Power without principles
IN a move that is bound to demoralise the highly professional police command, the chief minister of Khyber Pakhtunkhwa has asked the federal interior minister to provide Rangers for Peshawar's security. This requisition, made without taking the inspector general of police (IGP) on board, amounts to saying that the Peshawar police are unable to cope with law and order challenges.
As a nation, we have developed the habit of looking for short cuts. KP went through the worst of times in terms of terrorism between 2001 and 2013. Yet the police coped with the challenges heroically. Even then, no one called for the Rangers.
The letter written by the chief minister reflects a strange lack of clarity and coordination within the policymaking corridors of power in a province that has so far been projecting the mantra of good governance and effective policing. Credit had generally been given by the media and civil society where it was due, ie to the leadership of the nascent political party in power in that province. So, what is happening behind the scenes? Is it a power struggle amongst stakeholders who stand to lose authority? Is the corroded bureaucracy feeling powerless against an increasingly confident police command? Are the forces of status quo trying to reassert their control over the police? Through decades of misrule, politicians and bureaucrats have kept the police under their thumb to wield power without principles.
The call for the deployment of Rangers in Peshawar is yet another step towards the militarisation of the internal security apparatus. Instead of addressing the gaps and investing in improvements in urban policing structures, politicians are seeking short cuts in fixing a problem through a force that is not trained for community policing. To me, it amounts to a creeping coup against the criminal justice system as a whole.
Successive political and military governments are responsible for weakening the police as the frontline instrument of law. The trend started during the Ayub era in 1958, when the functions of border security were withdrawn from the police and handed over to a paramilitary force that was eventually named the Rangers. The then IGP West Pakistan, A.B. Awan, lodged a strong protest and quit his job.
A classic example of neglecting the development of professional urban policing is the case of Karachi. The Rangers were called in for a certain period and with limited objectives in the mid-1990s. Like the proverbial camel let into the tent, they have not left. Now, they even want to establish their own police station, register FIRs, investigate cases, apprehend criminals and submit charge sheets in courts. They were called in aid of the civilian police but have ended up being a parallel police force.
Karachi should have been introduced to a metropolitan policing model by raising the level of police command, enhancing professionalism and introducing specialisation. Instead, citizens have ended up with the perception of a politicised, corrupt and criminalised force, thanks to the highly controversial political set-up that has not allowed the federal government to post a professionally competent provincial police commander. Only yes-men are required by the politicians in general. This also reflects adversely on the prime minister who appoints the provincial chief secretary and IGP.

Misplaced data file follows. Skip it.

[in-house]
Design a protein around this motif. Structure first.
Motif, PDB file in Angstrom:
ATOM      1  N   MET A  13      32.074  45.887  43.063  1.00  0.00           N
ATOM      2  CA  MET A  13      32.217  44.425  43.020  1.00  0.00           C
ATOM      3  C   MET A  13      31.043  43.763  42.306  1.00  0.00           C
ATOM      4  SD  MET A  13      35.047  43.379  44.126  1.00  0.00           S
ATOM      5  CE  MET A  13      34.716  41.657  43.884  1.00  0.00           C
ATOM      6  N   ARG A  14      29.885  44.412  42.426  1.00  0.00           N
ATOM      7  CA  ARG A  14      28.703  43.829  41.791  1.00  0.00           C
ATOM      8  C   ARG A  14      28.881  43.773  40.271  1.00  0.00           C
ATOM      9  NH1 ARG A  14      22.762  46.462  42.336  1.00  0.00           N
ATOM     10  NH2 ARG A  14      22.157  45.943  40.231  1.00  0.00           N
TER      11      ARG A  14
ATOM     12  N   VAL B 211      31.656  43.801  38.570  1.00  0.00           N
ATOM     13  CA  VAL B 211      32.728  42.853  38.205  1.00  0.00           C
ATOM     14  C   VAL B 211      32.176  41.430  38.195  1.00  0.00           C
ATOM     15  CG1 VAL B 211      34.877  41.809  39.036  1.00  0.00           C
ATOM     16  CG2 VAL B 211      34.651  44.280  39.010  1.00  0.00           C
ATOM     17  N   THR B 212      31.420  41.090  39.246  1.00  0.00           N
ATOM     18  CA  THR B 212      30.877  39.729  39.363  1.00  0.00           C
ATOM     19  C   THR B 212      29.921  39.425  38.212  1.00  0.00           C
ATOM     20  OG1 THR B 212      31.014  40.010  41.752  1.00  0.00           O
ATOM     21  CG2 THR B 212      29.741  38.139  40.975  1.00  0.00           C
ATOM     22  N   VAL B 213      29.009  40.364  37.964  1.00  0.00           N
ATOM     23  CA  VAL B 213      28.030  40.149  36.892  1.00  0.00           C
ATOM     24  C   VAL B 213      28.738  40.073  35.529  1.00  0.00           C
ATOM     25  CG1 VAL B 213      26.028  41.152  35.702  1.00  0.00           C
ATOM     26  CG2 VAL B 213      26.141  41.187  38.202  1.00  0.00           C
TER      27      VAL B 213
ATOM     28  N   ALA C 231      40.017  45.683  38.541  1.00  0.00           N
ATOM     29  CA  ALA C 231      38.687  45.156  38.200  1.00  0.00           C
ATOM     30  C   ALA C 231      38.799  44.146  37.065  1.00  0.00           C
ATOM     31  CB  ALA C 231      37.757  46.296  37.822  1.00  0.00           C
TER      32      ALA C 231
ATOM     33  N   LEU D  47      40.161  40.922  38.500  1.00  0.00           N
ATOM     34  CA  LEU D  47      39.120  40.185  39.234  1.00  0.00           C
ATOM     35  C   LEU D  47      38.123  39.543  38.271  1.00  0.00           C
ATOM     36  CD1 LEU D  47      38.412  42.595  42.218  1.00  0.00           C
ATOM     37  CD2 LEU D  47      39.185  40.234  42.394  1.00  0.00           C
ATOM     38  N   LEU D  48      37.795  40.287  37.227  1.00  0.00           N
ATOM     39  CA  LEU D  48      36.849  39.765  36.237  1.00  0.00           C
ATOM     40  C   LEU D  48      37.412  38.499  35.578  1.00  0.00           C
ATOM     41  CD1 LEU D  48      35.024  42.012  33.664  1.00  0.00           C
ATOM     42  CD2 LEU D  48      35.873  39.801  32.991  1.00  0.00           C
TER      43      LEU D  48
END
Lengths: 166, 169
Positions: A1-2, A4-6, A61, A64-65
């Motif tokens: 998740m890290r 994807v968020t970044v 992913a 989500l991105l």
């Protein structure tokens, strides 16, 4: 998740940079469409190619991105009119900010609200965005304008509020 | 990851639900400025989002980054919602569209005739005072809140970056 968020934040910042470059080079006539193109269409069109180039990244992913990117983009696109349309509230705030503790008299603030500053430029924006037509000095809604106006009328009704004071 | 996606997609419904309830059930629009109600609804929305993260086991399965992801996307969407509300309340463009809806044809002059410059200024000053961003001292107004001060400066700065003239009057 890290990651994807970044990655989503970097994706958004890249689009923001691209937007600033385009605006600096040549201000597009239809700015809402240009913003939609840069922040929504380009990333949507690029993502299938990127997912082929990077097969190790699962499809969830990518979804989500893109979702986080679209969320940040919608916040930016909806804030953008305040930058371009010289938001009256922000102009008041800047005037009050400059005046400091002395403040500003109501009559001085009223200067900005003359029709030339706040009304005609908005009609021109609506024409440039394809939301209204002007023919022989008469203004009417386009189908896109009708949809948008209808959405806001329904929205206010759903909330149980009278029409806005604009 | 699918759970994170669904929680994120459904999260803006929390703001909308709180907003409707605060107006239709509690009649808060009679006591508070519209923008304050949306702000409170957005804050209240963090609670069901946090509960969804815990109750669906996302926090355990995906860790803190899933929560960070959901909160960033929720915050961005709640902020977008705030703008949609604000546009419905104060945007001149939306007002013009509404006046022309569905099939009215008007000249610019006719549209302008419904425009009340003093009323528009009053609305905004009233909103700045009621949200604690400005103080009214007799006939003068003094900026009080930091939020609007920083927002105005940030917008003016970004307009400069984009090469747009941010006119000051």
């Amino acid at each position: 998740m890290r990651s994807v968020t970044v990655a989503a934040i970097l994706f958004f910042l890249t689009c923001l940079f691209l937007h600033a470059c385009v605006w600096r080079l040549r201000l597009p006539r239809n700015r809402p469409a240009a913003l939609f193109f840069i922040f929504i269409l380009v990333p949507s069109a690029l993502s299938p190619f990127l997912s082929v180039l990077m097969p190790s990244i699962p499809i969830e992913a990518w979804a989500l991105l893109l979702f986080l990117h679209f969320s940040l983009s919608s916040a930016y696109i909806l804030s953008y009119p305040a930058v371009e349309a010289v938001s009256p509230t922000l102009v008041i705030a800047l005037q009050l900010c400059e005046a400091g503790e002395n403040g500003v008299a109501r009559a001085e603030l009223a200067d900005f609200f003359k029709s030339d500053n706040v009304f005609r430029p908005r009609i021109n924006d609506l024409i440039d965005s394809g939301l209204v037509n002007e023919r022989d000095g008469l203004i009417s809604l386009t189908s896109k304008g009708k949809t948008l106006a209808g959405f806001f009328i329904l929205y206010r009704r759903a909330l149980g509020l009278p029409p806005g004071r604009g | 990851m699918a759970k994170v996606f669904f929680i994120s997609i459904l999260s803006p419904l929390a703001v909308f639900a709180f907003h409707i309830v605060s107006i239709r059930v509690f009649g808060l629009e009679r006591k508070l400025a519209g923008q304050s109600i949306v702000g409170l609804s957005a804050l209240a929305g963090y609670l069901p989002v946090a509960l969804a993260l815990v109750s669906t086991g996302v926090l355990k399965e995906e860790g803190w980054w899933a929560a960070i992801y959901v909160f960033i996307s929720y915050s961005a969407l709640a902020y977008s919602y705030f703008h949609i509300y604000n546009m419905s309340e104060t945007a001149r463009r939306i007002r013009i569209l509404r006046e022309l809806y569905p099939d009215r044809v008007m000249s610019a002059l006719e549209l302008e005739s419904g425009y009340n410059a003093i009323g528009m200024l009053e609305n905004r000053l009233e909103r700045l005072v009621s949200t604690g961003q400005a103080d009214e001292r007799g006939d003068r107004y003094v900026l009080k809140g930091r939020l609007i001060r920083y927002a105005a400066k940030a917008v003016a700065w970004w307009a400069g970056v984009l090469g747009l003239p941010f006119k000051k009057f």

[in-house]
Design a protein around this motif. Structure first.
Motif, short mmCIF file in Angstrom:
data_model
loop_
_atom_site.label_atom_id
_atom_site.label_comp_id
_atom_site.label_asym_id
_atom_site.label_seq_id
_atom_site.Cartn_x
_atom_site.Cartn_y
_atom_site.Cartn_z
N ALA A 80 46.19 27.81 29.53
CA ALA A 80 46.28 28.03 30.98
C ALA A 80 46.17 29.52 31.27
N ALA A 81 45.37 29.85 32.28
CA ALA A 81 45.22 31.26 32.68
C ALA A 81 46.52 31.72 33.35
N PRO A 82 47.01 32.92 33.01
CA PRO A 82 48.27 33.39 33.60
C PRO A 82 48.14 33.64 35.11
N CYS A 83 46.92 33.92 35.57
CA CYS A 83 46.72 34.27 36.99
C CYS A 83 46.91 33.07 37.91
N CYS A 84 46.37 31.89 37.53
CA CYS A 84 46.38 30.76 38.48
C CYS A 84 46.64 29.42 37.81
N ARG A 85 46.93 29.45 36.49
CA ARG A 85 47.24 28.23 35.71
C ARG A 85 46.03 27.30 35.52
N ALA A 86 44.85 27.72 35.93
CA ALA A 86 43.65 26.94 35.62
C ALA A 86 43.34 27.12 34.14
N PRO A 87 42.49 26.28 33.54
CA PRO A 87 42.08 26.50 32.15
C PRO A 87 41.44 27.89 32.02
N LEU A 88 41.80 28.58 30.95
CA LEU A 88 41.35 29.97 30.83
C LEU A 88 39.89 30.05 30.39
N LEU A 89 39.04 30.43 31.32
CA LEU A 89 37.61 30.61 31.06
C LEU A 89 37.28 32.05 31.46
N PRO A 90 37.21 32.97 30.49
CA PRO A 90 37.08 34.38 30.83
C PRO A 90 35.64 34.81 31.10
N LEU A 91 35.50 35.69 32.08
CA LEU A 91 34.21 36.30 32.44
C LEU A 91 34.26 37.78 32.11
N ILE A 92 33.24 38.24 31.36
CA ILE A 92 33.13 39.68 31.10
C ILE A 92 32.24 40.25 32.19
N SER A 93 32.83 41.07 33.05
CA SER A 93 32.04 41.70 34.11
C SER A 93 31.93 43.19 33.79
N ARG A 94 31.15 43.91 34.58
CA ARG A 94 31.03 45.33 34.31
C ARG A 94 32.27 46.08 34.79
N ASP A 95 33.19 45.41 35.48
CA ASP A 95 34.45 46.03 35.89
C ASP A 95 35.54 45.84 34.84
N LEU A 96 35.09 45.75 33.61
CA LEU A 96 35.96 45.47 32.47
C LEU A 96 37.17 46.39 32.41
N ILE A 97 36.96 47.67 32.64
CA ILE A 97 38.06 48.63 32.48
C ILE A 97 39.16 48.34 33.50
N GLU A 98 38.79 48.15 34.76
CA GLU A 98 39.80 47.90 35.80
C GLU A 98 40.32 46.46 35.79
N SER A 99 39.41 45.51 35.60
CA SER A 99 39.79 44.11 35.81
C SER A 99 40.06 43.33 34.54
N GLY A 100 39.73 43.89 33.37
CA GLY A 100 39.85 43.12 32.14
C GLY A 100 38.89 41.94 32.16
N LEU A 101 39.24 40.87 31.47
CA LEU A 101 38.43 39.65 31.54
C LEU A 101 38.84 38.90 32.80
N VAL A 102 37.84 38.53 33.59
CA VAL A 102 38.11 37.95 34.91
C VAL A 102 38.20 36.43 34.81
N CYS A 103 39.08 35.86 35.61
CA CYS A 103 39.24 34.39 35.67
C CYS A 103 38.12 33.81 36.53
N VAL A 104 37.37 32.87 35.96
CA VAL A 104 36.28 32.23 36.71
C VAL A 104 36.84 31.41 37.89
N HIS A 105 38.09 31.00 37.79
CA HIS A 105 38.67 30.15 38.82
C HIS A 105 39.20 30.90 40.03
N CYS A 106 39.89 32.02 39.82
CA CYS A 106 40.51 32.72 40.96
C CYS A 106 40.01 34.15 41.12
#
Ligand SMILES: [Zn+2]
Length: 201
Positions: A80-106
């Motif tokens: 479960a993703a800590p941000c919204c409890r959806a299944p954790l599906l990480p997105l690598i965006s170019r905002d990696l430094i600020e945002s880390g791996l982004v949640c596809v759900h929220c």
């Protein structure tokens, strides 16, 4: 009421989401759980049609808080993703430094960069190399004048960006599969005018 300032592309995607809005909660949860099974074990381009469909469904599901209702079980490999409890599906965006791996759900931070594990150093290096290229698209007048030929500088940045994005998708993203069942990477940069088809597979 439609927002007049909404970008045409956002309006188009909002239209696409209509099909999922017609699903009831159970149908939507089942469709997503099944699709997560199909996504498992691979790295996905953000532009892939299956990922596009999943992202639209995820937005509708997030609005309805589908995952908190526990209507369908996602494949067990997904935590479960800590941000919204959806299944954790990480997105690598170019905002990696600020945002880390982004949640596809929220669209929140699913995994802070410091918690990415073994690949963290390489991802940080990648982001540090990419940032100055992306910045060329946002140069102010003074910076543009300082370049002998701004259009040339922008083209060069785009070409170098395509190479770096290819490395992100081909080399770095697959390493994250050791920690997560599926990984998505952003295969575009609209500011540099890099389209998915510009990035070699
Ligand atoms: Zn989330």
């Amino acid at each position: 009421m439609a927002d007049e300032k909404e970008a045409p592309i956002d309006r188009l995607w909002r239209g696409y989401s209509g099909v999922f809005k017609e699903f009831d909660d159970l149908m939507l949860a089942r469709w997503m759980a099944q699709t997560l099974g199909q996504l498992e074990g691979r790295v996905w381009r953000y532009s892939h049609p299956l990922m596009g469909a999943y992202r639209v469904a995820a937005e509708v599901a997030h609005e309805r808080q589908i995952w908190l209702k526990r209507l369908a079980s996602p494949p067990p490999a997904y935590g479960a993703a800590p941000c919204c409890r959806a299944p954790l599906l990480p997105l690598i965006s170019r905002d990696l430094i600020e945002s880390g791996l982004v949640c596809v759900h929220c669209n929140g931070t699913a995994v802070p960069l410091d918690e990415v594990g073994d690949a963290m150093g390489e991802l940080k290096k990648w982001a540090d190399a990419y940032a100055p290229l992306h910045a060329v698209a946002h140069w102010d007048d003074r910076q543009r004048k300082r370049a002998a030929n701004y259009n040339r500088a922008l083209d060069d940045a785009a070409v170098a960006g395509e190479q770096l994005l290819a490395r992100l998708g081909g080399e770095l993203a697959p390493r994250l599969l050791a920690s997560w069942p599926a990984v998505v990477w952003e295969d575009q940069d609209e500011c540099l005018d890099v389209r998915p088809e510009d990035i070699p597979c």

The interior ministry has let the Rangers take dominant patrolling and security roles in Islamabad, too. Similarly, we have seen the Frontier Corps in Balochistan being diverted from its original mandate of effective border control to a conventional policing role. Police jurisdiction has shrunk from the entire province in 2007 to about 5pc of the territory today. The myopic sardars prefer the Levies, a ragtag militia, over a professional police organisation.
There was some talk recently of the deployment of Rangers in south Punjab for an operation against terrorists and hardened criminals. The iron man heading the province is too experienced not to foresee the implications of such a move. While keeping the police under his thumb, he has provided resources to raise a state-of-the-art counterterrorism force and also aggressively, though selectively, launched the Counterterrorism Department. He has also kept the bureaucracy on a tight leash through effective monitoring.
Instead of building the capacity of the criminal justice system, politicians have repeatedly made the mistake of calling upon the civil armed forces and army. These forces have so far not developed the mindset of being subordinate to civilian authorities.
The chief minister of KP is advised not to induct civil armed forces in the urban policing role. The answer lies in enhancing the professionalism of the police department. They have done an admirable job over more than two years. The real issue is the tussle for power between an elite cadre of administrative services and the provincial police command.
For the sake of the citizens, who are their real masters, may I urge the bureaucracy and the police of KP to hold their horses and mend fences? They have to rise above their turf battles. The chief minister knows that it is the new draft police law that is the bone of contention. While agreeing to stringent accountability before elected forums, the police have sought administrative and operational autonomy that has been agreed to by the cabinet subcommittee and political leadership.
For the police, my advice is to reach out to those opposing their autonomy and work as a team for the larger benefit of the citizens they serve. Only their professionalism, competence, integrity, and dedication will gain them public trust and the political leadership would then not feel the need to induct Rangers for police functions.